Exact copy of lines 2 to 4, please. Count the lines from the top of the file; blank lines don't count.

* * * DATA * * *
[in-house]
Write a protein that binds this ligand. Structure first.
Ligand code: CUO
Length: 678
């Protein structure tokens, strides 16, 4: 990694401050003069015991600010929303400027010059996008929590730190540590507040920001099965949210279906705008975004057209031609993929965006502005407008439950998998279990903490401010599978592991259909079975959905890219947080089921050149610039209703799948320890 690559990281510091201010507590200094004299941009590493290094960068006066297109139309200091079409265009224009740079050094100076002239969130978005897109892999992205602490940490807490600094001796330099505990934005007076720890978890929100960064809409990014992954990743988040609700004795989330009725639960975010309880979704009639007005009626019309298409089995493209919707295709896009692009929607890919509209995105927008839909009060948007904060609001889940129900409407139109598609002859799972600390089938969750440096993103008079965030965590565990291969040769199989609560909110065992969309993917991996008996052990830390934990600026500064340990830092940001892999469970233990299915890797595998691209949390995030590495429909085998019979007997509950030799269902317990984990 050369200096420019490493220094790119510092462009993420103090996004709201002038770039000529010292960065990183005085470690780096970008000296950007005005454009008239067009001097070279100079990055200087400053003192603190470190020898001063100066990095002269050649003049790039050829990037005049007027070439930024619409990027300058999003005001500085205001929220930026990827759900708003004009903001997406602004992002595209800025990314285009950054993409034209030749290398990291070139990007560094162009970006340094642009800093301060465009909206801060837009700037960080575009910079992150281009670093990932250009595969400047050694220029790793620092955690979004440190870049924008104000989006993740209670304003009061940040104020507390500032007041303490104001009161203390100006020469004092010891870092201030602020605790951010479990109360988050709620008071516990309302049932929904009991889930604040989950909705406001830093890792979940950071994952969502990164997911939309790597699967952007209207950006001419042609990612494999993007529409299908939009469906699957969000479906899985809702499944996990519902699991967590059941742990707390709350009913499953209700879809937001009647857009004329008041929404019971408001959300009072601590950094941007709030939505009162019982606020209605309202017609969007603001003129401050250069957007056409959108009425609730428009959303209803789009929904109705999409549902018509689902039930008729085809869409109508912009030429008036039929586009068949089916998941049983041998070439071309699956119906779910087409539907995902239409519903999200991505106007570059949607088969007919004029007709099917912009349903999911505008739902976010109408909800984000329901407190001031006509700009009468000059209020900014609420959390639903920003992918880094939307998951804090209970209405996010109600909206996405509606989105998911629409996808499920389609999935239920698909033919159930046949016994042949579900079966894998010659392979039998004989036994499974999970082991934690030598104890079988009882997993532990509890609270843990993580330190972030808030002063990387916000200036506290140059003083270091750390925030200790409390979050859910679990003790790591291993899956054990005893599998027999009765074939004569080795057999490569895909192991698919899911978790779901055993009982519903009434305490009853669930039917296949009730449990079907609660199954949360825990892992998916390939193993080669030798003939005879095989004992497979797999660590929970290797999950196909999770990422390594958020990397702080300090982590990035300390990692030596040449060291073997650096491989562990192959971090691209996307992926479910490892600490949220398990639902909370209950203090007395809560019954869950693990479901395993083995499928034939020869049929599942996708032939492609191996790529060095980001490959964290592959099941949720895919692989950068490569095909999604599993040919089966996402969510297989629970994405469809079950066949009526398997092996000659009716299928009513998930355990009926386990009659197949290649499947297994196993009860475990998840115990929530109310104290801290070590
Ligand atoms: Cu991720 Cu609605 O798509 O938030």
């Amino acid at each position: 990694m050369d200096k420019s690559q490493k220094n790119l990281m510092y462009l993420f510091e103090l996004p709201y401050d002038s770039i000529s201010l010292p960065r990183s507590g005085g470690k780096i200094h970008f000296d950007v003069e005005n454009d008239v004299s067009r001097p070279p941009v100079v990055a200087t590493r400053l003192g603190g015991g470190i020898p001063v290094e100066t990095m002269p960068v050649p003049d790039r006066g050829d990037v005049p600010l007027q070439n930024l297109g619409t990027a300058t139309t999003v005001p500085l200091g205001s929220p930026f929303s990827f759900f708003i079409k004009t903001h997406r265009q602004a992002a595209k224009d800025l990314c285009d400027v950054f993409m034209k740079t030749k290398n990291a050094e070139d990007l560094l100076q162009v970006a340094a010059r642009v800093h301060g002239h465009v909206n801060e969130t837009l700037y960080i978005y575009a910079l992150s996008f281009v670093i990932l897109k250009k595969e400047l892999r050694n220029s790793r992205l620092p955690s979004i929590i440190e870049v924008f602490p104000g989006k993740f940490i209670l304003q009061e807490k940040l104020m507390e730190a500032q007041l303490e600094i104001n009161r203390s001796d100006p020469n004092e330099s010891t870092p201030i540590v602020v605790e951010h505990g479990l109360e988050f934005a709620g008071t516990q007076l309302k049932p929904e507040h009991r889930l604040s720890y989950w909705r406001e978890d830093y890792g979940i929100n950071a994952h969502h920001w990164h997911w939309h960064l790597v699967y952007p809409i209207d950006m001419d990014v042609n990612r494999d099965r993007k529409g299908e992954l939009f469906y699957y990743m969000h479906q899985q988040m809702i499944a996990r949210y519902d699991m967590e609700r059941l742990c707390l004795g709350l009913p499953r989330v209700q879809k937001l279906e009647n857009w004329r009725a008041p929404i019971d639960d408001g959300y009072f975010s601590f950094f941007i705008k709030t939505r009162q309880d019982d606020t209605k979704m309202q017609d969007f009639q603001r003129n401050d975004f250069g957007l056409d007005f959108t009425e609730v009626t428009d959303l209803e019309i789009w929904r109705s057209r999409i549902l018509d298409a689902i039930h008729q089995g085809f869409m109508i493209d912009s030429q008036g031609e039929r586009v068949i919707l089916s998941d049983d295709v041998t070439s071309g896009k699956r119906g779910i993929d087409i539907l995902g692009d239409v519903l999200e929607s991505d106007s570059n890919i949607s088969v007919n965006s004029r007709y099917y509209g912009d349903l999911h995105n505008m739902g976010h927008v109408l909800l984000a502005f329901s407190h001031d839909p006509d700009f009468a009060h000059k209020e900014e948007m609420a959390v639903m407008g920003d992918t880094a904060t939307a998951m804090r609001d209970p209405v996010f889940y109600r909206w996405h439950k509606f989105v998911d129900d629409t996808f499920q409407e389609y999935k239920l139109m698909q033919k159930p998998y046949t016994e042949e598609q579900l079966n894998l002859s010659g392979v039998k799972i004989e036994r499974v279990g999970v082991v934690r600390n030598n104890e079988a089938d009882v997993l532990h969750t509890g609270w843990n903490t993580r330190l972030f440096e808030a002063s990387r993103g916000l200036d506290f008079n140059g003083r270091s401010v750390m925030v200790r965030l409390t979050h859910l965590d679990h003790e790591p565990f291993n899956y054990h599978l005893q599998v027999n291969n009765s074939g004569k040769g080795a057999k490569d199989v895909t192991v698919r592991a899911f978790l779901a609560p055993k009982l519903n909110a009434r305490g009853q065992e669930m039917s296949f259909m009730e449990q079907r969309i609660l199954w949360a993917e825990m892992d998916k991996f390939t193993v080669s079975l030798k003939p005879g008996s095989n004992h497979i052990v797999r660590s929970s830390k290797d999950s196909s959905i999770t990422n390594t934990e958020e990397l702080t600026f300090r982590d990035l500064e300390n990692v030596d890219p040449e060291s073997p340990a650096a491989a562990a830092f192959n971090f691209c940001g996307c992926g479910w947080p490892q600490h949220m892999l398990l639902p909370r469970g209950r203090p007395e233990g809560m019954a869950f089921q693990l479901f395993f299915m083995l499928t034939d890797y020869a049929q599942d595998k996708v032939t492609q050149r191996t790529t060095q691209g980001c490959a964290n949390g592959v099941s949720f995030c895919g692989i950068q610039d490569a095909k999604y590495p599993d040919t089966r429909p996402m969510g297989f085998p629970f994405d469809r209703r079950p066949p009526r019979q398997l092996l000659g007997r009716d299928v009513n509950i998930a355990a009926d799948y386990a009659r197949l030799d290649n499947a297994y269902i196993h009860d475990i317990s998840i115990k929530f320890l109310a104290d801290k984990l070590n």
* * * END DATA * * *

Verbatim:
Write a protein that binds this ligand. Structure first.
Ligand code: CUO
Length: 678